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Relationship of Leaf Surface Populations of Strains of Xanthomonas campestris pv. citrumelo to Development of Citrus Bacterial Spot and Persistence of Disease Symptoms. T. R. Gottwald, Research plant pathologist, Agricultural Research Service, U.S. Department of Agriculture, 2120 Camden Rd., Orlando, FL 32803; J. H. Graham(2), and S. M. Richie(3). (2)Professor, University of Florida, IFAS, Citrus Research and Education Center, 700 Experiment Station Road, Lake Alfred, FL 33850; (3)Assistant professor, University of Central Florida, Department of Electrical Engineering, P.O. Box 25000, Orlando, FL 32816. Phytopathology 82:625-632. Accepted for publication 4 February 1992. This article is in the public domain and not copyrightable. It may be freely reprinted with customary crediting of the source. The American Phytopathological Society, 1992. DOI: 10.1094/Phyto-82-625.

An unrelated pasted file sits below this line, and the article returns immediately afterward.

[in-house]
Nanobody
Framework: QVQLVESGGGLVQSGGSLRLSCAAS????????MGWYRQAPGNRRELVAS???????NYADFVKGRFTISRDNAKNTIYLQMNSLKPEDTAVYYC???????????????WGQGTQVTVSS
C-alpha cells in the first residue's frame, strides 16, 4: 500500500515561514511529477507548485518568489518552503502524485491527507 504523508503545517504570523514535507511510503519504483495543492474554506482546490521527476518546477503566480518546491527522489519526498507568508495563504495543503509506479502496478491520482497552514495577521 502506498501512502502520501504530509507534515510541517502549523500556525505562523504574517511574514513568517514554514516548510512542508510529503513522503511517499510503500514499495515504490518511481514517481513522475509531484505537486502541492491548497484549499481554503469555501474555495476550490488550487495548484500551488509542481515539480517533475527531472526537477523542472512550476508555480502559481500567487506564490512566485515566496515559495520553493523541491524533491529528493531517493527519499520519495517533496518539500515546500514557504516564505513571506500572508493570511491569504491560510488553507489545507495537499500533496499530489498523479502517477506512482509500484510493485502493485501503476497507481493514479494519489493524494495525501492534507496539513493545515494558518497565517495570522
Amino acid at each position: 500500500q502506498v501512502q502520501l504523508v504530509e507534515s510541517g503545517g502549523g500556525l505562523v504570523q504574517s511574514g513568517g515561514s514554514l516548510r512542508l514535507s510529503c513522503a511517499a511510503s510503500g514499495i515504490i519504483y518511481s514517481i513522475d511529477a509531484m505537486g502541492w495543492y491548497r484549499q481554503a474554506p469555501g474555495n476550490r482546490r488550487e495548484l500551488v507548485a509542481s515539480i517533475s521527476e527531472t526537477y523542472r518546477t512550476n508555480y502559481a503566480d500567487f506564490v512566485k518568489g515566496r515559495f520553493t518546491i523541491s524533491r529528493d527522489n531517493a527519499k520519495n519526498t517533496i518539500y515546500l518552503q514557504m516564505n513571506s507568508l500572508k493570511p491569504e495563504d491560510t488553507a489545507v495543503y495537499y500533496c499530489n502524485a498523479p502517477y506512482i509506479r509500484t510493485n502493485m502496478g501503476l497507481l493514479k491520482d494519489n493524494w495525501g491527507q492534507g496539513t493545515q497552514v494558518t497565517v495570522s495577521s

Fluctuations of leaf surface populations of Xanthomonas campestris pv. citrumelo, incidence of citrus bacterial spot, and cumulative rainfall adjusted for evapotranspiration were found to be interrelated based on analysis with the Fourier transformation. In cross-correlation analyses, recoverable leaf surface bacteria were correlated best with disease incidence that occurred 25 days later (range for r = 0.86-0.87; 19-32 days). Cumulative rainfall was correlated best with disease incidence that occurred 25 days later (range r = 0.55-0.56; 27-42 days). However, no clear relationship existed between cumulative rainfall and leaf surface bacteria. In a second experiment, rows of Swingle citrumelo seedlings in eight citrus nurseries were inoculated at one end with aggressive, moderately aggressive, or weakly aggressive strains of X. c. citrumelo. Rainstorms with windblown rain were simulated by spraying water at high velocity (24-32 m/s) over the inoculated plants toward the receptor plants down the rows. Leaf surface populations of X. c. citrumelo on receptor plants were recovered immediately after the simulated rainstorms. The initial populations were correlated (r = 0.679-0.960) with disease incidence assessments on these plants 21 days after the simulated rainstorm. The slope of the bacterial deposition gradient was positively related to eventual disease development and negatively to strain aggressiveness (the steeper the gradient, the less the aggressiveness). In some of the nurseries, disease incidence decreased over time at approximately the same rate irrespective of bacterial strain aggressiveness. This decrease was due to the continued growth of plants, which added new healthy susceptible tissue; to the lack of disease development or spread; and to the disease-induced defoliation. In a third experiment, persistence of disease symptoms caused by each aggressiveness type was examined over time on Swingle citrumelo and Duncan grapefruit under simulated citrus grove conditions. Disease decrease was nearly linear. Rates (r) of disease decrease, from linearized-transformed data, were -0.0054, -0.0061, and -0.0067 for Swingle and -0.0067, -0.0055, -0.0018 for grapefruit, for aggressive, moderately aggressive, and weakly aggressive strains, respectively. Based on lack of persistence of disease symptoms (i.e., polycyclic disease development) in citrus groves, even on a susceptible host, and on the resistance of commercial scion cultivars, citrus bacterial spot in Florida should be considered a minor disease of citrus.